REDUCING SOYBEAN YIELD LOSSES THROUGH GENETIC IMPROVEMENT
Location: Crop Genetics Research Unit
Title: Evaluation of Soybean Cultivars for Resistance to Soybean Phomopsis Seed Decay in the Mississippi Delta
Submitted to: Southern Soybean Conference Proceedings
Publication Type: Abstract Only
Publication Acceptance Date: February 27, 2009
Publication Date: March 11, 2009
Citation: Li, S., Boykin, D.L., Sciumbato, G., Wrather, A., Shannon, G., Sleper, D. 2009. Evaluation of Soybean Cultivars for Resistance to Soybean Phomopsis Seed Decay in the Mississippi Delta. In Abstracts of the 36th Annual Meeting of the Southern Disease Workers, (Pensacola Beach, FL, March 11-12, 2009). p.5
Phomopsis seed decay of soybean is the major cause of poor soybean seed quality in the United States, especially in the mid-southern USA. The disease is caused primarily by the fungal pathogen Phomopsis longicolla. To identify soybean lines resistant to this pathogen, 50 soybean cultivars were selected based on the recommendation by Mississippi State University (MSU) Variety Test Program in 2007. Two lines that were previously reported to be resistant in Missouri also were included. Susceptible cultivars, Hill and Williams 82 were used as susceptible checks. Thirty seeds of each line were assayed for incidence of P. longicolla and germination rate before planting. A field experiment was established using a randomized complete block design with four replications at Stoneville, Mississippi in May 2007. Plants were inoculated at the R5 stage with a spore suspension (10-4/ml) prepared from a combination of 10 isolates of P. longicolla collected from Mississippi. Seeds arbitrarily selected from each replication of each line were collected when the plants were mature. A total of 100 seeds of each line were assayed for the incidence of P. longicolla and germination rate. Seed protein and oil concentrations from each line were analyzed.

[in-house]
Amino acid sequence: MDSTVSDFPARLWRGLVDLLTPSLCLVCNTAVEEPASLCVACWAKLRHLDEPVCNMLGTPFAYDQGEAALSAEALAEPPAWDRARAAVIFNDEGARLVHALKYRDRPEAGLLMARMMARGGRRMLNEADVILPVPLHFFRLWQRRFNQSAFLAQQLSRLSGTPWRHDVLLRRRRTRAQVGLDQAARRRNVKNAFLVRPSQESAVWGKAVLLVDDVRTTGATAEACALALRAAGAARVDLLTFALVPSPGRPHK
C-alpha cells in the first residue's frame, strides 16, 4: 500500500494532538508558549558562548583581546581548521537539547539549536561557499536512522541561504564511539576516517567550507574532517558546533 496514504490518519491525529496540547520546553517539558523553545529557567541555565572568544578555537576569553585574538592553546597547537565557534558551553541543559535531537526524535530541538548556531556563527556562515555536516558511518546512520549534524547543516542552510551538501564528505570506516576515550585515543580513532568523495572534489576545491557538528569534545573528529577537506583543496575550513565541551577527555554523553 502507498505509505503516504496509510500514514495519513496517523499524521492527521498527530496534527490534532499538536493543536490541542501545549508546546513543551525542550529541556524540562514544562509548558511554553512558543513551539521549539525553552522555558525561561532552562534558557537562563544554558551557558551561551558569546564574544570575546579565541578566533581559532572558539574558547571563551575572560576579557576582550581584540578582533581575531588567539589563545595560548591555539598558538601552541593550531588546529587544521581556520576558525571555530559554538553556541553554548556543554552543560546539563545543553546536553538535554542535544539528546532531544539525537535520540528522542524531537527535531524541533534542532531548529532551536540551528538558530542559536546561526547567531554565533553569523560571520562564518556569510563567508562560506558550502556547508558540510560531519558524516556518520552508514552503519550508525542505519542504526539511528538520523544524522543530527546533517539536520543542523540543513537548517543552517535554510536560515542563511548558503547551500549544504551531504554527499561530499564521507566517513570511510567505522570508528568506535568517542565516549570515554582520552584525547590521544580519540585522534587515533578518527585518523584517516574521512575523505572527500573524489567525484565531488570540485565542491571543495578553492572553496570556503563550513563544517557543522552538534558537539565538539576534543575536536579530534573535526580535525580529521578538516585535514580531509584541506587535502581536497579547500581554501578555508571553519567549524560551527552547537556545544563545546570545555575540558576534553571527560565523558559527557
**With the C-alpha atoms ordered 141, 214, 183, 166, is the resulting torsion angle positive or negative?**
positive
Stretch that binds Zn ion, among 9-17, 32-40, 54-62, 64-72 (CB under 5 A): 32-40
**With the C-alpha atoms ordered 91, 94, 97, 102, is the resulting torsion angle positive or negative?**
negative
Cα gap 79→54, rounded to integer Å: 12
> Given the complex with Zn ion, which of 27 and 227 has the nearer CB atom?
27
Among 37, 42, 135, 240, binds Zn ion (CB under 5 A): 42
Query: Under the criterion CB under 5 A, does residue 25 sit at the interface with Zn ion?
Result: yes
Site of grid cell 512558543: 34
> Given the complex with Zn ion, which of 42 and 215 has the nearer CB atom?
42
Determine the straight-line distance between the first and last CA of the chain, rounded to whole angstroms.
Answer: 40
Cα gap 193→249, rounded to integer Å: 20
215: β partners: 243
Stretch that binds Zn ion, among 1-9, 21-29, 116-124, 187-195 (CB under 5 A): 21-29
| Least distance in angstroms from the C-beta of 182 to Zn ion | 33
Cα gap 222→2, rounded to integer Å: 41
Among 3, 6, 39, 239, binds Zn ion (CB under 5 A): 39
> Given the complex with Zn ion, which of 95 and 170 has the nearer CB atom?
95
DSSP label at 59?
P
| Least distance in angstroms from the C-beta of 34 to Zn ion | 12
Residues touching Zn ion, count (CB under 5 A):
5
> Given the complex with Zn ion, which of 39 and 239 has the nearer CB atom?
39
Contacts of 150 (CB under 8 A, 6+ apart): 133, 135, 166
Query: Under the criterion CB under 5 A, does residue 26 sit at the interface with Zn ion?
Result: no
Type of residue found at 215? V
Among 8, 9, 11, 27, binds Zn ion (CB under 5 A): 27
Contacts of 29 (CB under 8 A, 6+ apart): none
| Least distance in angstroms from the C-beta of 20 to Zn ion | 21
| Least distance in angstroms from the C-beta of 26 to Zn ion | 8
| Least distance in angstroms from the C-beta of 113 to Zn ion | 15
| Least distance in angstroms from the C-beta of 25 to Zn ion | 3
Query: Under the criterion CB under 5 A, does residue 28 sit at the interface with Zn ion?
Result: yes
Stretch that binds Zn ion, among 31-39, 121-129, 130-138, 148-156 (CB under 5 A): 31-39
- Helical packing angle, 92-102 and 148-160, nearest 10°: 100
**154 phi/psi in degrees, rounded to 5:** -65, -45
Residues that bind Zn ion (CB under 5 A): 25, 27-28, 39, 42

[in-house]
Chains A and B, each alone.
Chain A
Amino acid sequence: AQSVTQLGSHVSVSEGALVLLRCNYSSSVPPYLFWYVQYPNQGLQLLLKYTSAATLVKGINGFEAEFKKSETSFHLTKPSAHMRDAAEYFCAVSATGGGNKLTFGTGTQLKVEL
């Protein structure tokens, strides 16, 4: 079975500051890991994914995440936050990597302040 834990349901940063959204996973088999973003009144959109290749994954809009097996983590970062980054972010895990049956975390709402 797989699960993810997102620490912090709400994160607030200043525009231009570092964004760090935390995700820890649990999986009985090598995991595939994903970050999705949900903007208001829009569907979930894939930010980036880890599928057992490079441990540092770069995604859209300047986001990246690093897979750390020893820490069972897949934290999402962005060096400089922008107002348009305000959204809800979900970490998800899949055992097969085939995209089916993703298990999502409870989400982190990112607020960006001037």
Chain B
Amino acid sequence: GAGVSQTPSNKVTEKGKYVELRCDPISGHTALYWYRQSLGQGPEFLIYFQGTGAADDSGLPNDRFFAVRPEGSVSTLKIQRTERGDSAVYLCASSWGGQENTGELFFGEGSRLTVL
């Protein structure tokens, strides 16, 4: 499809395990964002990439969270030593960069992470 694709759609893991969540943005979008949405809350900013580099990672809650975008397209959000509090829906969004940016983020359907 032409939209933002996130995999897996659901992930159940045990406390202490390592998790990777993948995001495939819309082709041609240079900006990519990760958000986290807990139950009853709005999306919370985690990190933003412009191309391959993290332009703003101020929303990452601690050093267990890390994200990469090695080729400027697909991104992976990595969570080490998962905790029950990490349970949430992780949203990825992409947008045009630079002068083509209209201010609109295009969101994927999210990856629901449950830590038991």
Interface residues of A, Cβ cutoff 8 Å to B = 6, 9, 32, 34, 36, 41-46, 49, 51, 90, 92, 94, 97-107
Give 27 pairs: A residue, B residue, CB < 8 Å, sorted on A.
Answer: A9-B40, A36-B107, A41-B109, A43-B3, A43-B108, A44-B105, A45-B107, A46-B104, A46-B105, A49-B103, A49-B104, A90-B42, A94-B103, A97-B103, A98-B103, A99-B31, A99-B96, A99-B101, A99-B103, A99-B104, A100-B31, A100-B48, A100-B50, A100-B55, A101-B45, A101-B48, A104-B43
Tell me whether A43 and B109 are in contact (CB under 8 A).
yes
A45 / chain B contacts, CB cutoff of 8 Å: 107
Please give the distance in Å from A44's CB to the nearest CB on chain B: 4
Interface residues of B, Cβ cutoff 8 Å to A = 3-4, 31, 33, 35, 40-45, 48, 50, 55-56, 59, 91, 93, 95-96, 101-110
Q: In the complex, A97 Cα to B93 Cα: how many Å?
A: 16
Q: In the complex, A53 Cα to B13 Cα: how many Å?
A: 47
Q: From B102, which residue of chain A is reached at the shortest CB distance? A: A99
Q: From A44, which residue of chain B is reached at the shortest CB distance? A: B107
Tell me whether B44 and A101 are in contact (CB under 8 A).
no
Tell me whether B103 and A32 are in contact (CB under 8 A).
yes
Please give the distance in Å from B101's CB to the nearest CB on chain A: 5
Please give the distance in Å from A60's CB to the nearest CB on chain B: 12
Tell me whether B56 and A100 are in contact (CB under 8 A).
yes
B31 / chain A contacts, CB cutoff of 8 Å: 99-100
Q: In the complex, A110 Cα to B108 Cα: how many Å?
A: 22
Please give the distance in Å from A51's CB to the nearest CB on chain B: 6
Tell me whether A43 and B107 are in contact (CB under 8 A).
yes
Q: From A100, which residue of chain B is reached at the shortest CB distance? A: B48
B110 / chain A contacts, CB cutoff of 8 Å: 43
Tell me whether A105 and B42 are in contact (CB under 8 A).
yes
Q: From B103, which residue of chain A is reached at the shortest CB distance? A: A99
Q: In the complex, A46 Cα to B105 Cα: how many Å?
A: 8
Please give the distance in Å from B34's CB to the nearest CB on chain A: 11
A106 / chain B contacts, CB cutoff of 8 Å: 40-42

The seeds of soybean lines obtained from MSU were generally healthy. Of 50 lines tested, six lines had 100% germination, 30 lines had germination rates with range from 80% to 97%, and 12 lines ranged from 63 to 77%. Only two lines had germination rates of 50% and 53%, respectively. In the seed plating assay, 37 lines had no P. longicolla infected seed, 10 and three lines had P. longicolla incidence of 3% and 7%, respectively.
Incidence of P. longicolla in seeds from inoculated field plots was significantly different (P = 0.05) among soybean lines. Several lines were identified that had low disease incidence and good seed quality. These lines will be confirmed for resistance in the 2009 field trials. Inoculation with P. longicolla of soybean lines grown in the field may be a useful method for screening lines for resistance to this pathogen. Collaborative research between USDA and university scientists on germplasm screening is underway to identify resistance sources to Phomopsis seed decay of soybean.